At the meeting of City Council on Monday, Dec. 9, Councilor John Hanlon dismantled the progress on short-term rental legislation in the City of Everett – something the administration has been working to fine-tune for the last several months.
In preparation for a final vote on Dec. 23, Councilors were asked to enroll a new section regarding short-term rentals to the City’s Zoning Ordinance. The enrollment required a two-thirds majority in order to pass, and failed to do so when Councilor Hanlon voted against it. His vote was critical, given the fact that three other councilors were absent.
There was a marked pause in the voting after the councilor voiced his opposition. City Clerk Sergio Cornelio, whose office has been one of the offices that worked tirelessly to draft comprehensive short-term rental legislation, was visibly flustered.
Councilor Rosa DiFlorio tried to get Councilor Hanlon to reconsider his position and he responded inaudibly.
Following the vote, Cornelio announced that the measure had not passed, effectively rendering the existing short-term rental legislation null and void.
“My office, along with [the City Solicitor’s Office] and James Soper (CBO of the Inspectional Services Department), has worked probably 25 hours on these ordinances. We’ve worked the whole year to amend this,” he told Council. “I don’t know what we’re going to do with regards to short-term rentals. They’ll be in limbo going forward. We will have people operating illegally.”
Short-term rentals in Everett have been a major topic of conversation in recent months, with residents calling for City leadership to adopt stricter guidelines for operators. Council passed measures requiring owners to live at the property year-round and become licensed with the City. However, the failure to update the Zoning Ordinance may mean that there is no legal basis for enforcing these rules.
In conversations with The Independent, Council members expressed disappointment with Councilor Hanlon’s decision.
“I can’t believe this just happened. I’m in a state of shock,” said Councilor DiFlorio, who originally introduced the need for short-term rental legislation earlier this year. “Nobody should be voting against that. We’ve been working on it for a year.”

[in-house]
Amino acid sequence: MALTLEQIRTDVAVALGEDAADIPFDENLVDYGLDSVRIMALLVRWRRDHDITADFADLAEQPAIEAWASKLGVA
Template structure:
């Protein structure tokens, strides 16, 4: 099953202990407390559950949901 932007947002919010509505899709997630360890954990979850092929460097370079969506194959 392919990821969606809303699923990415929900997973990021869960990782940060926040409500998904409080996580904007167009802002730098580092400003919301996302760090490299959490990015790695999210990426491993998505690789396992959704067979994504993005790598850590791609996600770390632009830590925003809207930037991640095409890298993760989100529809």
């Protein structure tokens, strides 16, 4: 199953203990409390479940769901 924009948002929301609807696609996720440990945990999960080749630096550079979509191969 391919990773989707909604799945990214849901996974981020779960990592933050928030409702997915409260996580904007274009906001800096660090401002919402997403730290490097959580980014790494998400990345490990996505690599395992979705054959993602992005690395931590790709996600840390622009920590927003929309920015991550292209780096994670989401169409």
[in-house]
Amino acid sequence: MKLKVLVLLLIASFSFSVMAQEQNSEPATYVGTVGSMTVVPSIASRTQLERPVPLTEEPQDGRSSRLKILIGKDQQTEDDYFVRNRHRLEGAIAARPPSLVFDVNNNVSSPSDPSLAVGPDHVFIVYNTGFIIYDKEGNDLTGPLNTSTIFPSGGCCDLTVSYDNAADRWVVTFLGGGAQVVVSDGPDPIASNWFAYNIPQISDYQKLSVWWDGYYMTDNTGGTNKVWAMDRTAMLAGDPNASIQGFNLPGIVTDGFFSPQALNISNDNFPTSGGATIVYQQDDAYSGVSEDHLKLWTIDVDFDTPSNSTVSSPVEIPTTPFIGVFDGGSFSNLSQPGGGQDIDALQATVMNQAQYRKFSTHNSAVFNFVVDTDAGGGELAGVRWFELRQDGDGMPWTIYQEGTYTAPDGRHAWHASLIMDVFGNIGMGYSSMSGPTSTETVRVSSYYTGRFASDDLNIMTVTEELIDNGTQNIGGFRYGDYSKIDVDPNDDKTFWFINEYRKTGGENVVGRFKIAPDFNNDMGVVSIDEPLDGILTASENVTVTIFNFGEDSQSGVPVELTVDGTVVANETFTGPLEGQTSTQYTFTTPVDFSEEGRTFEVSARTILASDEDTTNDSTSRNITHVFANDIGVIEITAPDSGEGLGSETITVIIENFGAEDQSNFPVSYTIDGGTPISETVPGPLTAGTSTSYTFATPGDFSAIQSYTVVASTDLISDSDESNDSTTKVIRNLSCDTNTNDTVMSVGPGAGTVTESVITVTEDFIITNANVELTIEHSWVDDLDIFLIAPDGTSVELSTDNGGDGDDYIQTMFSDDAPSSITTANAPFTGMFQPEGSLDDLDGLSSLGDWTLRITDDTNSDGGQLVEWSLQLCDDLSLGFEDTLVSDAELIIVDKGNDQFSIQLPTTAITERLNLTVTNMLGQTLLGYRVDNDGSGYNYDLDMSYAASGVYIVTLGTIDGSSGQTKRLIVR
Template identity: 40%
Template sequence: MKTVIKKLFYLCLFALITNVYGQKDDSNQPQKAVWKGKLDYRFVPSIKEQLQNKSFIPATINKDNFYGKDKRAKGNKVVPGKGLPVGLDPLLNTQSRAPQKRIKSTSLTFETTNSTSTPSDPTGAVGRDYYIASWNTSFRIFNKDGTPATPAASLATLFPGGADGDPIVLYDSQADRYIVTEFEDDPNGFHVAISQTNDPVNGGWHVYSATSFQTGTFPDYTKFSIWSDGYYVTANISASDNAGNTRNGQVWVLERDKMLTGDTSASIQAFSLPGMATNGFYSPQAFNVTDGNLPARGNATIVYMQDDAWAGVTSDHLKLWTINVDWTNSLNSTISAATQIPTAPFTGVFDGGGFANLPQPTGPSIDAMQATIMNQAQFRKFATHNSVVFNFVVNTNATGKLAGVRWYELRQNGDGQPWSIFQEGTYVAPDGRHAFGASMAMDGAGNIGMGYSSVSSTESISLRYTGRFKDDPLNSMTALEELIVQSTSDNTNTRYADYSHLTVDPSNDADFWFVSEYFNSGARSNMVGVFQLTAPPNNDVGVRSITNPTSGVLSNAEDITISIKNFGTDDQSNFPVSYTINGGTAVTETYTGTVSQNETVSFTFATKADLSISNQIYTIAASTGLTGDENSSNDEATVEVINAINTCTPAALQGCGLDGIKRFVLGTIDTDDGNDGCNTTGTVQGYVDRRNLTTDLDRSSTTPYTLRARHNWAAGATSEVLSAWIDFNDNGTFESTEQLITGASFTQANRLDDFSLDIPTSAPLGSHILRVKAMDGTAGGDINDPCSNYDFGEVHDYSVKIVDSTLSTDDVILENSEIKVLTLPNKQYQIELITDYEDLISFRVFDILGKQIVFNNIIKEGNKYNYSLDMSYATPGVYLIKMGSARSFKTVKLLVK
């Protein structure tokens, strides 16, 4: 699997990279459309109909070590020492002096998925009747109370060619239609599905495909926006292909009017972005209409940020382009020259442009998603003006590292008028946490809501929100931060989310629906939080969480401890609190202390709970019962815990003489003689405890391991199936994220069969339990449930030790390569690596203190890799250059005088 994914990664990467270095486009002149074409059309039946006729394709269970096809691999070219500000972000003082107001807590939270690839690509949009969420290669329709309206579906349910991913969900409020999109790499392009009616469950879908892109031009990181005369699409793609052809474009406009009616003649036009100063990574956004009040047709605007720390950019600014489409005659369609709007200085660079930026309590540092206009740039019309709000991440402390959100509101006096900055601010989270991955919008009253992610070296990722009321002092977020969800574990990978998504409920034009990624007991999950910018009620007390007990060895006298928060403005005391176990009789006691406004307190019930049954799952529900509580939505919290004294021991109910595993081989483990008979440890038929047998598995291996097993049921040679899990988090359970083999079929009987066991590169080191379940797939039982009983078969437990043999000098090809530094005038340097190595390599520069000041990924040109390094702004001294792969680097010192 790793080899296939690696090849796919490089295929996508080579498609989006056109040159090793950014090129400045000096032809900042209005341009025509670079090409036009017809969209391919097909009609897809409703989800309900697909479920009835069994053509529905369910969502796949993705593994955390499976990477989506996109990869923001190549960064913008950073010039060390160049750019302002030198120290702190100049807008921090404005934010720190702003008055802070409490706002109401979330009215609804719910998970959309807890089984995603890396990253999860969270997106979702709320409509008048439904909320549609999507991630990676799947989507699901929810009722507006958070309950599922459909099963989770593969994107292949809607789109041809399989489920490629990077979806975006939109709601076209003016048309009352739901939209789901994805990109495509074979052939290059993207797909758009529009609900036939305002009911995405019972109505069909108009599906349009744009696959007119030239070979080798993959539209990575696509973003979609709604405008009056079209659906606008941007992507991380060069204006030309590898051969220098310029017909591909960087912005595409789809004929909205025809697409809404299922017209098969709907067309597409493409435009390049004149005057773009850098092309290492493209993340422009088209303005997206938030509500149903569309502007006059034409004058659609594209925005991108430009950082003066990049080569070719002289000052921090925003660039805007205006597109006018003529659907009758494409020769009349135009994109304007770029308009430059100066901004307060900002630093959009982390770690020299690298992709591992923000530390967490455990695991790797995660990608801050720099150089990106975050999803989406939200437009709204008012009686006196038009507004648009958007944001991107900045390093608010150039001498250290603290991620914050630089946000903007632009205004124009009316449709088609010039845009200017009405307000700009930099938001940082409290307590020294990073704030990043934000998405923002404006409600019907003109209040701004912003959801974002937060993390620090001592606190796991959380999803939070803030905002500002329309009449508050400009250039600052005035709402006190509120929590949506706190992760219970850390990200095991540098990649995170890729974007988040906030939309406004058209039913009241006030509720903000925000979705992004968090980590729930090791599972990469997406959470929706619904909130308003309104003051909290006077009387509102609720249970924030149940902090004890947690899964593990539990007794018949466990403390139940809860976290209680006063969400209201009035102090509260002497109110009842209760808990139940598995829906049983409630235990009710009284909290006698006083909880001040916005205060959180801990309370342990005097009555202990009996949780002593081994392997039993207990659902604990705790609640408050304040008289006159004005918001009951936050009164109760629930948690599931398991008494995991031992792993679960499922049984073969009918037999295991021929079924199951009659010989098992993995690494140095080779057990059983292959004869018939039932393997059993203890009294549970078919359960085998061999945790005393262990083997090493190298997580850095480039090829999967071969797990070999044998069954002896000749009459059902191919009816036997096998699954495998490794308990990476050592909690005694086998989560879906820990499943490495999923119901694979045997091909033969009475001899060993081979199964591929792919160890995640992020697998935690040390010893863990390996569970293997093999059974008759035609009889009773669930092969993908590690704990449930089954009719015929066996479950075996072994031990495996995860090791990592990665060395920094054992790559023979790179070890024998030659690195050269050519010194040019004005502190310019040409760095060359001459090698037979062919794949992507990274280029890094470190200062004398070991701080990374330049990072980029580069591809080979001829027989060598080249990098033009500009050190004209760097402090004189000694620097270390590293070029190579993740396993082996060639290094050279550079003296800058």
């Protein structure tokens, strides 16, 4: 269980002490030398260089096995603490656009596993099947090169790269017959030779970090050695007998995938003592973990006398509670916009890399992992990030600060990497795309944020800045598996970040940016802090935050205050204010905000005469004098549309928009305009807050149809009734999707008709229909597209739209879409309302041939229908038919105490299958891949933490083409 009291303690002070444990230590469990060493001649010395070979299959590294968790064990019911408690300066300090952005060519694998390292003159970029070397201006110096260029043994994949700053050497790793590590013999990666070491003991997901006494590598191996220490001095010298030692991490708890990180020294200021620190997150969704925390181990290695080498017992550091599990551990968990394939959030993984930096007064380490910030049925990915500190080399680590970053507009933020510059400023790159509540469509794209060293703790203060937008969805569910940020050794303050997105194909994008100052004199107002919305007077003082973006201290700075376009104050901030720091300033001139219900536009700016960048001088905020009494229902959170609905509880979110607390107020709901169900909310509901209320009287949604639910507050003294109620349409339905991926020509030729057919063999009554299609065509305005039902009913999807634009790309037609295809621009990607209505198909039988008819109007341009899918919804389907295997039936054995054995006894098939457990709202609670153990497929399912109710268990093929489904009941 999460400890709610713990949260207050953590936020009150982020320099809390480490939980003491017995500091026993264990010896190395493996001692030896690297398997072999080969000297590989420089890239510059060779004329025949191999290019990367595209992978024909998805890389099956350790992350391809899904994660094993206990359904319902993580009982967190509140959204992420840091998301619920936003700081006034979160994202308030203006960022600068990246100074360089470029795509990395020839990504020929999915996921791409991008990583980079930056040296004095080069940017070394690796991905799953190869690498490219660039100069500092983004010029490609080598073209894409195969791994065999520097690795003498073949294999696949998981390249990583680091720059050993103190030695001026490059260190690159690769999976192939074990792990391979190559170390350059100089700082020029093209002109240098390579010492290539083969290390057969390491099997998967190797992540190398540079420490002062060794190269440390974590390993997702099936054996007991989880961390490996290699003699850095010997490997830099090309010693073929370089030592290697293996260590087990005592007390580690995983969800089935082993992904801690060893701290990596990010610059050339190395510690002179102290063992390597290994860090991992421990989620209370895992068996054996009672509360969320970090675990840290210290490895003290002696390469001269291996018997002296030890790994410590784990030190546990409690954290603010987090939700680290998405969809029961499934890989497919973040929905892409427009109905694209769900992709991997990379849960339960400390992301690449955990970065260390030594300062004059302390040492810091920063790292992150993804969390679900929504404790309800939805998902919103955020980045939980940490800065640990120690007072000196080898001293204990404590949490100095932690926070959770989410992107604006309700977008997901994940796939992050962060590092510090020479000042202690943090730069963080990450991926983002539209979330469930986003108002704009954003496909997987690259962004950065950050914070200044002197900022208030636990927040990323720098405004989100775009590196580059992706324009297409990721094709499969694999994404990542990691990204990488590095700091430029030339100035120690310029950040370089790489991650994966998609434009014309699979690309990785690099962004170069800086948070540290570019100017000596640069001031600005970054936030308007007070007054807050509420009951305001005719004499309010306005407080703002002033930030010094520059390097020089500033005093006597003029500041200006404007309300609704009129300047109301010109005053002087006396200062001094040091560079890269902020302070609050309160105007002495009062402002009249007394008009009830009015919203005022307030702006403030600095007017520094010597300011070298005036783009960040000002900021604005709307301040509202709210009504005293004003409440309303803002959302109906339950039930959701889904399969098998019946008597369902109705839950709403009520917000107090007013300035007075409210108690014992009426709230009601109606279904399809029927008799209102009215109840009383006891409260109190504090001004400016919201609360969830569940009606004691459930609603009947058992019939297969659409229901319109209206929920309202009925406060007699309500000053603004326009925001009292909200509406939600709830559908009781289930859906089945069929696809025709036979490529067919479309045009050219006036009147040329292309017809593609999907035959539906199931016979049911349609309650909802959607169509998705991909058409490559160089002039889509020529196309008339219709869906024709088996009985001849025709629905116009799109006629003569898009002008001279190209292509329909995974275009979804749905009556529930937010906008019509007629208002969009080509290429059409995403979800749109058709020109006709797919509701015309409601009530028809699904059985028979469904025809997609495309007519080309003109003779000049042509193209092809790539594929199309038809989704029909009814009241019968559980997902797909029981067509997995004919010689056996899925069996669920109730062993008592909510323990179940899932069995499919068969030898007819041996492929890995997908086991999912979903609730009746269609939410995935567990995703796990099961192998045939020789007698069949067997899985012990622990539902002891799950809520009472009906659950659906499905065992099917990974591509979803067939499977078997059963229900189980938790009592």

The councilwoman said that the ordinances may not have been perfect, but they were better than having none at all and could have been amended in the future.
“I have great respect for Councilor Hanlon, but I am disappointed to see that a piece of such importance to Everett failed to pass,” said Councilor Michael McLaughlin. “This is one matter that can truly protect the residents of Everett.”
Councilor Anthony DiPierro said he “wasn’t really sure what to think” about the councilor’s decision.
“It’s an ordinance we’ve worked hard on for a long time,” he said. “I’m not sure what his reasoning was for voting that way.”
Cornelio told The Independent that he was working with the City Solicitor’s Office to salvage the ordinances already in place. He is scrambling to call an emergency meeting of Council to enroll the measure before a final vote at the Dec. 23 meeting.
Failing to pass the short-term rental legislation by the end of the year would mean having to reintroduce it in 2020 with the new Council. It would then have to pass through several stages, which Cornelio said would take two months at the very least, and more likely three to four months.
There was some speculation that Councilor Hanlon, who had historically supported the legislation, may not have fully comprehended what he was voting on at the time and may be reconsidering his position.
The councilor did not return a call from The Independent regarding his decision.